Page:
What influenced you to become an artist:
I think I came by it honestly. My mother and father met while in art school. My father is a career illustrator, and my mother paints traditional watercolor for enjoyment. My mother later remarried; my stepfather is a professional musician and a talented cabinetmaker. So I’ve always been surrounded by creative people.
How long have you been an artist:
I think my whole life so far, but I’ve been seriously pursuing it as a career since I graduated from art school in 2003.
How did your family and friends react of you being an artist:
My family always knew that I would pursue art seriously. My friends are supportive; I have many friends who are artists and/or art appreciators.
Where do you get your inspiration from:
Everything! I am a visual person. I notice the fine details in everything (sometimes unfortunately) and I am viscerally moved by color and form.
What determined you to do collaborations:
I started doing collaborations after opening an account on Deviant Art. First I started trading ATC’s, and that led to collaborations. My first collaborators were Liz Cohn, Laura Tringali Holmes, Margaret Orr, and Richard Leach.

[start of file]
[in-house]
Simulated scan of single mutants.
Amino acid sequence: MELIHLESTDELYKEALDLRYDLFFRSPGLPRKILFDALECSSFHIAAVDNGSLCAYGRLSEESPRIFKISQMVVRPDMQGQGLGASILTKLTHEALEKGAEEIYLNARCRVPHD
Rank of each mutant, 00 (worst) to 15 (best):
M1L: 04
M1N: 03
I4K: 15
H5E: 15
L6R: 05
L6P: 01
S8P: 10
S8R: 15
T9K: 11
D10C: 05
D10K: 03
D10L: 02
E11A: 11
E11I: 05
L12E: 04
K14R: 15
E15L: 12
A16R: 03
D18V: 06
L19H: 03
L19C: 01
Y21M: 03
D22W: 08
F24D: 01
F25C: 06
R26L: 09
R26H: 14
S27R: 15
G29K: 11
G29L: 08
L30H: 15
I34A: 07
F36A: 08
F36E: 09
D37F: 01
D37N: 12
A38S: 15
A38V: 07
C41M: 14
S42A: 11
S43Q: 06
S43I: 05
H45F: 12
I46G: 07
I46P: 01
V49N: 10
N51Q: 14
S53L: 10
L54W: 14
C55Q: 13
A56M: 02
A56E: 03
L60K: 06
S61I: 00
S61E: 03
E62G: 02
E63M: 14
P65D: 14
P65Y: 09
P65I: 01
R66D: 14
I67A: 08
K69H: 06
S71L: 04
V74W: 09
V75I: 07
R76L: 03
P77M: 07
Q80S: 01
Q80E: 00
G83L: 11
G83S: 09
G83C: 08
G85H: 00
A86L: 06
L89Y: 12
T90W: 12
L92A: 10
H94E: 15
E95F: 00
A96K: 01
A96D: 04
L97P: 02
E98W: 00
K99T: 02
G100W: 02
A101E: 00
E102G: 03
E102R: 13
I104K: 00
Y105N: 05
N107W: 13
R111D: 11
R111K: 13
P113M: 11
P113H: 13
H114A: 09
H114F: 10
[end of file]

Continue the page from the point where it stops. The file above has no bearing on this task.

What can you tell us about your first collaboration:
I think it was a playing card collaboration with Liz Cohn. We each sent each other a starter card, and after contributing our portion, sent the cards back to each other. I remember opening the envelope and feeling surprised and delighted with Liz’s additions to my work.
Can you tell us how collaborations influenced your art:
One of the things I learned while studying ceramics was letting go and not getting so hung up on trying to control everything. I think that collaborations have helped to expand upon that notion.
They’ve opened me up to new ideas.
Do you promote/ sell/ showcase your artworks. If you do, how:
I offer original work for sale via http://www.cargoh.com/store/audrey-smith and prints via http://society6.com/AudreySmith. I share my work here: http://audreysmith.deviantart.com/ and http://audreysmithart.tumblr.com/
How the internet did influence your art:
The internet has been great for my art on two counts: First it provides me with the ability to share my work on a variety of sites (social networks, blogs, etc.) Second: There is a ton of art online. And you can talk to the artists, learn about their process, and make friends. I’ve made a great circle of artist friends online with whom I’ve had the pleasure of collaborating and/or trading. We give each other advice and support, and we’re located all over the place.
The internet has removed many limitations that artists used to have to face with respect to getting their work out into the world.
How can people contact you:
View the work of Audrey Smith in LITnIMAGE's Autumn 2012 issue
Click here for Audrey Smith's bio